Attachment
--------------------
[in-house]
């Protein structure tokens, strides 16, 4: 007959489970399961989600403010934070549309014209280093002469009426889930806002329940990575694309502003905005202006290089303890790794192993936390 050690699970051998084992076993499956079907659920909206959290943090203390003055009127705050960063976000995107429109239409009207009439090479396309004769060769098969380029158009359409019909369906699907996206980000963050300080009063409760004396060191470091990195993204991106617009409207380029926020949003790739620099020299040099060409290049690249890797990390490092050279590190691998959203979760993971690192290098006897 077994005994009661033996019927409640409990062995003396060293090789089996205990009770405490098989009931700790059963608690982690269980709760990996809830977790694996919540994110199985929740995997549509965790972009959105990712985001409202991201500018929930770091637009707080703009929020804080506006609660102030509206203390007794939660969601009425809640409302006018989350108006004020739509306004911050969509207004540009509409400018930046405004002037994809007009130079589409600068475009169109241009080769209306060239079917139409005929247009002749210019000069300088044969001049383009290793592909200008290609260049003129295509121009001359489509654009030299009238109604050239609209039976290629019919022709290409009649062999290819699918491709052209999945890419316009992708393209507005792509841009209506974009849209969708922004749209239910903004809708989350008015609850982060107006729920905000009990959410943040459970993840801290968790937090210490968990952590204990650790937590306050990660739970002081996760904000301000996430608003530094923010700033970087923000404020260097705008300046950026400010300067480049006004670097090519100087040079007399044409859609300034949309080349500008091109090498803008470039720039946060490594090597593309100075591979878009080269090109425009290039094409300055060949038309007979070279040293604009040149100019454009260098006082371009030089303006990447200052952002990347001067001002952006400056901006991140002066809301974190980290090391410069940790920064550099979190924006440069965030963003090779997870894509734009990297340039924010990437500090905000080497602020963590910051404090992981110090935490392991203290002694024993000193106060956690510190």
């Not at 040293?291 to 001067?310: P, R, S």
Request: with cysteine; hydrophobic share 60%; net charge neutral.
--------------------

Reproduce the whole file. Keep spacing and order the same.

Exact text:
[in-house]
């Protein structure tokens, strides 16, 4: 007959489970399961989600403010934070549309014209280093002469009426889930806002329940990575694309502003905005202006290089303890790794192993936390 050690699970051998084992076993499956079907659920909206959290943090203390003055009127705050960063976000995107429109239409009207009439090479396309004769060769098969380029158009359409019909369906699907996206980000963050300080009063409760004396060191470091990195993204991106617009409207380029926020949003790739620099020299040099060409290049690249890797990390490092050279590190691998959203979760993971690192290098006897 077994005994009661033996019927409640409990062995003396060293090789089996205990009770405490098989009931700790059963608690982690269980709760990996809830977790694996919540994110199985929740995997549509965790972009959105990712985001409202991201500018929930770091637009707080703009929020804080506006609660102030509206203390007794939660969601009425809640409302006018989350108006004020739509306004911050969509207004540009509409400018930046405004002037994809007009130079589409600068475009169109241009080769209306060239079917139409005929247009002749210019000069300088044969001049383009290793592909200008290609260049003129295509121009001359489509654009030299009238109604050239609209039976290629019919022709290409009649062999290819699918491709052209999945890419316009992708393209507005792509841009209506974009849209969708922004749209239910903004809708989350008015609850982060107006729920905000009990959410943040459970993840801290968790937090210490968990952590204990650790937590306050990660739970002081996760904000301000996430608003530094923010700033970087923000404020260097705008300046950026400010300067480049006004670097090519100087040079007399044409859609300034949309080349500008091109090498803008470039720039946060490594090597593309100075591979878009080269090109425009290039094409300055060949038309007979070279040293604009040149100019454009260098006082371009030089303006990447200052952002990347001067001002952006400056901006991140002066809301974190980290090391410069940790920064550099979190924006440069965030963003090779997870894509734009990297340039924010990437500090905000080497602020963590910051404090992981110090935490392991203290002694024993000193106060956690510190």
């Not at 040293?291 to 001067?310: P, R, S």
Request: with cysteine; hydrophobic share 60%; net charge neutral.